They were absolutely right. The Walker Tarriff was adopted in 1845, and trade increased substantially. Net revenue collected also increased, from $30 million annually under the Black Tariff to almost $45 million annually by 1850. It also improved relations with Britain that had soured over the Oregon boundary dispute. Excellent work, guys!
Manifest Destiny? Check! Independent Treasury? Check!! Lower tariffs and stimulated trade? Check!!! Polk went three-for-three, then bowed out gracefully. How cool is that?
Now, I must admit that Polk was not a perfect President. He was a slaveholder for his entire life, and he did not support emancipation. And that’s, eh, well, let’s not talk about that.
He also went on a bit of a power trip. After acquiring the Oregon territory and Texas and much of the southwest, Polk just kinda went for it and tried to purchase Cuba. He authorized his ambassador to Spain, Romulus Mitchell Saunders, to negotiate the purchase and offer Spain up to $100 million (an astounding sum at the time). Cuba was close to the United States and had slavery, so the idea was appealing to Southerners. However, Spain was still making huge profits in Cuba (notably in sugar, molasses, rum, and tobacco), and so the Spanish government rejected the offer.
But imagine if they had accepted? Cuba would be a state!
Polk’s final years took a toll on his health, and he died of cholera three months after leaving office. People have this weird obsession with the last words of a President’s life, and I’d like to take a moment to reflect on Polk’s last words, because they are really a thing of beauty.
Some last words, by the way, are really interesting. John Adams said, “Thomas Jefferson survives!” even though Jefferson had actually passed away several hours earlier.
Most are really depressing:
Ulysses Grant: “Water”
Chester A. Arthur: “Life is not worth living.”
Benjamin Harrison: “Are the doctors here? Doctor, my lungs…” Harrison died of pneumonia.
Richard Nixon: “Help.”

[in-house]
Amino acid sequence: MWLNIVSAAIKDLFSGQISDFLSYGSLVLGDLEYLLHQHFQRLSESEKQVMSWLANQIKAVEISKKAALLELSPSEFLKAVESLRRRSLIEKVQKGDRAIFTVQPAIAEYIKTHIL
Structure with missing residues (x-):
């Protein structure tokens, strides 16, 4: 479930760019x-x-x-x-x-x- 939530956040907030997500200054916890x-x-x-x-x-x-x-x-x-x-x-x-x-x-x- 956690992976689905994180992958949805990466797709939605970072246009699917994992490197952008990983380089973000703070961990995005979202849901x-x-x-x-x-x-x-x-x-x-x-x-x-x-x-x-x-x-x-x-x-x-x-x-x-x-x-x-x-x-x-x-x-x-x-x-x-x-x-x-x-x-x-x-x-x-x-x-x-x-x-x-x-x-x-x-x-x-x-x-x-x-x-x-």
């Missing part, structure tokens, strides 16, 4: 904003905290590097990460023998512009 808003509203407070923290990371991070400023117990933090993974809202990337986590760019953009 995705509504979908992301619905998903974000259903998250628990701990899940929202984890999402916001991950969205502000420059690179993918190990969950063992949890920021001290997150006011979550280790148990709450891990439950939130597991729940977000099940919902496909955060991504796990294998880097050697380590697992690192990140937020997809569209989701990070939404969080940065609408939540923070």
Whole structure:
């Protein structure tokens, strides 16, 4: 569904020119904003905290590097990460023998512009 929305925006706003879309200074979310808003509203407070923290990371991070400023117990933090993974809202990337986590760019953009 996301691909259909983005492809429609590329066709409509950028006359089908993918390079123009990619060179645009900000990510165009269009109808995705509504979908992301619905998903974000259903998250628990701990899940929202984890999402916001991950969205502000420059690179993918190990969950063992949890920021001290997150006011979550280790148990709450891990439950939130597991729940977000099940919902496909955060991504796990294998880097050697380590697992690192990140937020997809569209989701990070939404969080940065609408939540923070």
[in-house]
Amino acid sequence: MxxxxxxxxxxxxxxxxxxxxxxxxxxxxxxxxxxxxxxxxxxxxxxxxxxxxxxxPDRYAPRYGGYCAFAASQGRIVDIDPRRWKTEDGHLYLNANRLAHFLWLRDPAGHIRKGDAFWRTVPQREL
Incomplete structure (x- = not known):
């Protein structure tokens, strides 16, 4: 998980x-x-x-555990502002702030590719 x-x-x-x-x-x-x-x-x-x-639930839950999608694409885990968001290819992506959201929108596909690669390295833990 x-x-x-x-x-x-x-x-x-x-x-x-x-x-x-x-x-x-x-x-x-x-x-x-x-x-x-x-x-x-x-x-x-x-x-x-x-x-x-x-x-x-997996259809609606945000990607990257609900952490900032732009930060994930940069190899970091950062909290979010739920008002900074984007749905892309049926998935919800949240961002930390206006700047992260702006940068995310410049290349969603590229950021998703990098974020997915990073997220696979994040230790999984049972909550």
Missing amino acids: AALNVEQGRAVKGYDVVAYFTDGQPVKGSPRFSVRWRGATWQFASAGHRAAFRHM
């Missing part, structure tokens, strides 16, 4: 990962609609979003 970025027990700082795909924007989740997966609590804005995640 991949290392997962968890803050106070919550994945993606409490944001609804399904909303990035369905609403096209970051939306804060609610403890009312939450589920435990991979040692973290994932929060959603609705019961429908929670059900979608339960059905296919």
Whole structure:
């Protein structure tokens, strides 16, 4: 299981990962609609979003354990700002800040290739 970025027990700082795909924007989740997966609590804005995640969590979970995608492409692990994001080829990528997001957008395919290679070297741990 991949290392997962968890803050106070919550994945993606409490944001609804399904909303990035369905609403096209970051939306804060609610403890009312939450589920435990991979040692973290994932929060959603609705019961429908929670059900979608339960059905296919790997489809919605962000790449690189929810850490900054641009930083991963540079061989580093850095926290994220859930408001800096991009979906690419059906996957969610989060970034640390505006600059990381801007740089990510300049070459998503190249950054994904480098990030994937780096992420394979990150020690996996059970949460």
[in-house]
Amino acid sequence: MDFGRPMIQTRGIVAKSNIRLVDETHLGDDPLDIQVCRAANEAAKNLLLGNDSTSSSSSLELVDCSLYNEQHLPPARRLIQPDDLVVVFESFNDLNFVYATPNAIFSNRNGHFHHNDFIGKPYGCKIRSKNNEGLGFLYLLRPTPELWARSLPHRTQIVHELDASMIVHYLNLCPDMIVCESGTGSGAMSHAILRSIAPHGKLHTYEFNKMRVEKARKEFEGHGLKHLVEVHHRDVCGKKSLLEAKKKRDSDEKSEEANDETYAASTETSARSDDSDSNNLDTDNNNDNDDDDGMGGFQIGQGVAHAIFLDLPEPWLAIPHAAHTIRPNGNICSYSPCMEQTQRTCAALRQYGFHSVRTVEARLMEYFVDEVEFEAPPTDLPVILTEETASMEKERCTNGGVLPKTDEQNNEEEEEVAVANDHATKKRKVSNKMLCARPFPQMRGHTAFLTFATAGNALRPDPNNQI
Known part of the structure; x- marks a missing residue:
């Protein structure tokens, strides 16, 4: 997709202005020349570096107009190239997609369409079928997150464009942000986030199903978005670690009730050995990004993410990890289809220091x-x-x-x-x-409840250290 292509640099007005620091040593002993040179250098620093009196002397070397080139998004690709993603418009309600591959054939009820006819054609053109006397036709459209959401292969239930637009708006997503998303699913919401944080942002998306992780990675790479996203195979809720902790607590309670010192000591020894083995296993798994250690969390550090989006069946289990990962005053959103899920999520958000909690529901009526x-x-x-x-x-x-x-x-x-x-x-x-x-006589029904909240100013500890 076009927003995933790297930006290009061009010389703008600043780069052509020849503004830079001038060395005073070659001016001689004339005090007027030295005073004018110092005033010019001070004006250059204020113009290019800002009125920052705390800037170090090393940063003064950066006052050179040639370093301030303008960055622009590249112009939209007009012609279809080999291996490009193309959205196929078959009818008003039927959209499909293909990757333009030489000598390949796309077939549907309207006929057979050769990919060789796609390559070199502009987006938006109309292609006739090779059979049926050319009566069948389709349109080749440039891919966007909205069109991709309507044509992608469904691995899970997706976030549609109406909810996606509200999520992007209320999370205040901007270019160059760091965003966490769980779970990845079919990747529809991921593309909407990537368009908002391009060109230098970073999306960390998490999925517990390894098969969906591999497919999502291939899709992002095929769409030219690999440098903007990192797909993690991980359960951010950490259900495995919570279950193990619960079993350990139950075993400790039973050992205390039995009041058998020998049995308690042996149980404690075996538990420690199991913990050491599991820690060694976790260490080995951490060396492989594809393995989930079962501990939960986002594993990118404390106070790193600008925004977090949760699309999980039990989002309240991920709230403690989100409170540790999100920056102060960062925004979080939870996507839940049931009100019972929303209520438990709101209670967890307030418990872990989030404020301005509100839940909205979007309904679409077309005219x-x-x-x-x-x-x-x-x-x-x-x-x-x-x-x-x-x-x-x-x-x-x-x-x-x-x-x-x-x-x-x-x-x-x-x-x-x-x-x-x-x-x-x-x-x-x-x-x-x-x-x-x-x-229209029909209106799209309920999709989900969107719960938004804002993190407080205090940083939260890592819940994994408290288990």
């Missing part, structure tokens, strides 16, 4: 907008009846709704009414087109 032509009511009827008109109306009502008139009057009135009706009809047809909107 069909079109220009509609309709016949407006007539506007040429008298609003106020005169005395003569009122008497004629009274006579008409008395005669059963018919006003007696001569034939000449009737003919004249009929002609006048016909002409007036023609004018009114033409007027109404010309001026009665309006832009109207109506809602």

Polk’s was the best:
“I love you, Sarah. For all eternity, I love you.”
Dawwwww. Sarah was his wife. Good on you, James Polk. I bet the other Presidents are jealous.
Here are some other random facts about James K. Polk:
- Polk was elected at 49 years of age, and at the time he was the youngest President in American history.
- He was President during the gold rush in California.
- He is the only US President to have also served as Speaker of the House.
- Scholars have called Polk the “least known consequential president” of the United States.
- He was one of three Presidents who had no children.
- He was a great orator, earning him the nickname “Napoleon of the Stump.”
- He had the shortest retirement of all Presidents at 103 days.
- Along with George Washington, Andrew Johnson, Chester A. Arthur, Calvin Coolidge and Lyndon B. Johnson, he is one of six Presidents to have died while his direct successor was in office.
Polk’s legacy takes many forms, most notably in the form of Oh yeah, I’ve heard of that guy, I wonder what the K stands for. But he really did leave an extraordinary legacy. A third of this country’s land was acquired in his four years.
Take another moment to look at that map.
“To look at that map,” said the historian Robert Merry, “and to take in the western and southwestern expanse included in it, is to see the magnitude of Polk’s presidential accomplishments.”